3.1 Adjacency (Updates to RFC 7177)

   There is no change in the determination or announement of adjacency
   for topology zero as specified in [RFC7177].  When an adjacency
   reaches the Report state as specified in [RFC7177], the adjacency is
   announced for topology zero in LSPs using the Extended Intermediate
   System Reachability TLV (#22).

   Adjacency is announced for non-zero topologies in LSPs using the MT
   Reachable Intermediate Systems TLV as specified in [RFC5120]. The
   ports on a TRILL link are reported as adjacent for non-zero topology
   T if and only if that adjacency is in the Report state [RFC7177] and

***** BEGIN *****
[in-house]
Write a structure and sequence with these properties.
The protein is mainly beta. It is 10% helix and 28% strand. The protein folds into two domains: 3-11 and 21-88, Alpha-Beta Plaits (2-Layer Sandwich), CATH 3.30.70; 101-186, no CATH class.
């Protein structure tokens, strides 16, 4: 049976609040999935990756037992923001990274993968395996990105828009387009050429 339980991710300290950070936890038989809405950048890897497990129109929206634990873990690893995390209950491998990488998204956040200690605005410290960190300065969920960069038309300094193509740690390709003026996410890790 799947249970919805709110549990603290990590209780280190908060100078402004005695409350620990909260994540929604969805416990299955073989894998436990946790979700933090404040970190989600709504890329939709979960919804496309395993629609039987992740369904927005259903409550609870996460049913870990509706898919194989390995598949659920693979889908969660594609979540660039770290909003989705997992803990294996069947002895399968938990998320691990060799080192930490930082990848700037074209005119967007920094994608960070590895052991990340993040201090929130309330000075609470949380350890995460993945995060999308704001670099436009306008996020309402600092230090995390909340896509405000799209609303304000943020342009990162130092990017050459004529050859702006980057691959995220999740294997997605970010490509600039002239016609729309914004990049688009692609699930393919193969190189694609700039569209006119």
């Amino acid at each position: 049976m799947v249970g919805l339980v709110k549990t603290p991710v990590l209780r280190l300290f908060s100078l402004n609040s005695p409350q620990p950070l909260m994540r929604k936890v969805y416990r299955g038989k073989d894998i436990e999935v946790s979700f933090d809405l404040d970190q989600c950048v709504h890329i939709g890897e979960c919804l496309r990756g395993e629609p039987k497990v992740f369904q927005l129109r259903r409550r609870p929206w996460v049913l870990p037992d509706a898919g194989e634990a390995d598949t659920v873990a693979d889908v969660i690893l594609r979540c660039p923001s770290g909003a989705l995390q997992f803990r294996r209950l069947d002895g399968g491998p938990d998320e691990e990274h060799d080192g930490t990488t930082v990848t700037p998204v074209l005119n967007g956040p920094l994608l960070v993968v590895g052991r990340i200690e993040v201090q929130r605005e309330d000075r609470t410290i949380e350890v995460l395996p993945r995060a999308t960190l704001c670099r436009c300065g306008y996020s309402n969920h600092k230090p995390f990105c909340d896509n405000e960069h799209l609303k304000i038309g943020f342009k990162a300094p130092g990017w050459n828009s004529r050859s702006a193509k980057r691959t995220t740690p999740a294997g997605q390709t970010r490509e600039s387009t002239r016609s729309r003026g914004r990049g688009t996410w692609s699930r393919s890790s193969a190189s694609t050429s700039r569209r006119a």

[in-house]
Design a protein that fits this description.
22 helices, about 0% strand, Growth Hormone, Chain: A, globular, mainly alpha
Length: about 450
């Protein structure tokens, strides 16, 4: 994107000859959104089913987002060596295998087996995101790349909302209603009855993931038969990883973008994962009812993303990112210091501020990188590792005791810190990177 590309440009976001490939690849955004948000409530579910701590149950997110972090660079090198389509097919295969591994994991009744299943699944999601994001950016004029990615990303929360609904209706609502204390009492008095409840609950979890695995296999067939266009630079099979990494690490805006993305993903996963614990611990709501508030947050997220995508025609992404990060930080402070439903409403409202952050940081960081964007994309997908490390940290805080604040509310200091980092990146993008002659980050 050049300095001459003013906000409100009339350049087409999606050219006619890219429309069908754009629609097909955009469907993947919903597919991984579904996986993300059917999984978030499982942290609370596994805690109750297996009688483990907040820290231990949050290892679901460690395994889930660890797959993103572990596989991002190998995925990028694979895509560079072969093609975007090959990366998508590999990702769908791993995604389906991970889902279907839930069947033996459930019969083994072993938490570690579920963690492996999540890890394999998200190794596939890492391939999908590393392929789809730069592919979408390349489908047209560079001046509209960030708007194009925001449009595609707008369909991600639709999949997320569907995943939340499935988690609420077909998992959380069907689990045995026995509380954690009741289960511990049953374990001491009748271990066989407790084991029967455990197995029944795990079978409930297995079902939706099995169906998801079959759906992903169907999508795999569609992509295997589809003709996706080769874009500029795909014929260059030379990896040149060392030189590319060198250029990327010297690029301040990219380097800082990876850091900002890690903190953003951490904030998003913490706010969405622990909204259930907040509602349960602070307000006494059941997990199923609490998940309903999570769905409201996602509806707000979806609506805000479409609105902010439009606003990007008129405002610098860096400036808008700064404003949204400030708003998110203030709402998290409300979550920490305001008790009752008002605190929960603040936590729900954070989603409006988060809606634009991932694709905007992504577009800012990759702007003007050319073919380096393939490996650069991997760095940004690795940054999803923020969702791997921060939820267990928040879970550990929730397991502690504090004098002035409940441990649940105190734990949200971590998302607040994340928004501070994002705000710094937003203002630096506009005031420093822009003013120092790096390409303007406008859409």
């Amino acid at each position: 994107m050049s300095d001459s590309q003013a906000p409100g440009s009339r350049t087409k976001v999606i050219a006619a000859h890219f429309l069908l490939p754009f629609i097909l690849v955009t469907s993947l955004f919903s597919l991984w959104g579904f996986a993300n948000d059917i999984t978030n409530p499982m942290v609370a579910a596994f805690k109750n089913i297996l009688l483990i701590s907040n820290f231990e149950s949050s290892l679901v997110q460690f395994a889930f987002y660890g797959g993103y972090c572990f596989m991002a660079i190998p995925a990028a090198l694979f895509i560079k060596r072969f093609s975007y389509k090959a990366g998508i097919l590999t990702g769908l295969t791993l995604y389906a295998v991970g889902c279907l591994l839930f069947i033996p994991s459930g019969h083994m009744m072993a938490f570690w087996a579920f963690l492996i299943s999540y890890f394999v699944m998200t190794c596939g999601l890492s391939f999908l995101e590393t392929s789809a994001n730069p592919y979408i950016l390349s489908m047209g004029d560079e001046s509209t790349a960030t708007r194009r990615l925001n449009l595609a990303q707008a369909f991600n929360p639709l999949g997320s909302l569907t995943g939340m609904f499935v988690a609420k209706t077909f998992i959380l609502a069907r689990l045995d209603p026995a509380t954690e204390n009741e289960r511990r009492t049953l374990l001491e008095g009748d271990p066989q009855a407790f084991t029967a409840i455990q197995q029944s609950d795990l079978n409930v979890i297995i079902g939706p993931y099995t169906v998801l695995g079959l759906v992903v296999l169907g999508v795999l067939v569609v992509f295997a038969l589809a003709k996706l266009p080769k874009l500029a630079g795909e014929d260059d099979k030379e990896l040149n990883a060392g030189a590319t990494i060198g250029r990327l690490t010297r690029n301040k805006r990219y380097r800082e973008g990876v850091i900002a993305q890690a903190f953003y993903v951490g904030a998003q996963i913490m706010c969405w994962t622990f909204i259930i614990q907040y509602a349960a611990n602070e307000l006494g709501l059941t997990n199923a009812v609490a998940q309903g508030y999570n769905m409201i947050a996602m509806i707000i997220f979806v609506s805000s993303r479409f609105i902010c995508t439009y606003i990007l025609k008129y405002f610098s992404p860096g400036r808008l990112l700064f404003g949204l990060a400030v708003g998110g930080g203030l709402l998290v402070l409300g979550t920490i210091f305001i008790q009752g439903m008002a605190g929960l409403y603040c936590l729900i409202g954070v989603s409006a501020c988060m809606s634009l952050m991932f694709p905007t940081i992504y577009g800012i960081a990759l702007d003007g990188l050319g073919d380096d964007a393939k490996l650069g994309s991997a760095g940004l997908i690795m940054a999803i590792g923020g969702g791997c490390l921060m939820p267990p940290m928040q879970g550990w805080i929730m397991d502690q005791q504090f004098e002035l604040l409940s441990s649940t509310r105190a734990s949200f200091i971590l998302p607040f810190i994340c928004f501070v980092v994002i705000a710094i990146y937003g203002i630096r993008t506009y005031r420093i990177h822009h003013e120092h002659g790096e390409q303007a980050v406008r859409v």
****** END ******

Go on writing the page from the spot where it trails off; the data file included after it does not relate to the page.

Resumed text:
the two conditions listed in Section 2.2 are true, namely:

   1. All the ports on the link are announcing support of topology T.

   2. If any port announces that it requires explicit topology labeling
      (Explicit Topology capability field value 2 or 3), all other ports
      advertise that they are capable of producing such labeling
      (Explicit Topology capability field value of 1, 2, or 3).



3.2 TRILL Switch Nicknames

   TRILL switches are usually identified within the TRILL protocol (for
   example in the TRILL Header) by nicknames [RFC6325] [rfc7180bis].
   Such nicknames can be viewed as simply 16-bit abbreviation for a
   TRILL switch's (or pseudo-node's) 7-byte IS-IS ID. A TRILL switch or
   pseudo-node can have more than one nickname, each of which identifies
   it.

   Nicknames are common across all topologies, just as IS-IS IDs are.
   Nicknames are determined as specified in [RFC6325] and [rfc7180bis]
   using only the Nickname sub-TLVs appearing in Router Capabilities
   TLVs (#242) advertised by TRILL switches. In particular, the nickname
   allocation algorithm ignores Nickname sub-TLVs that appear in MT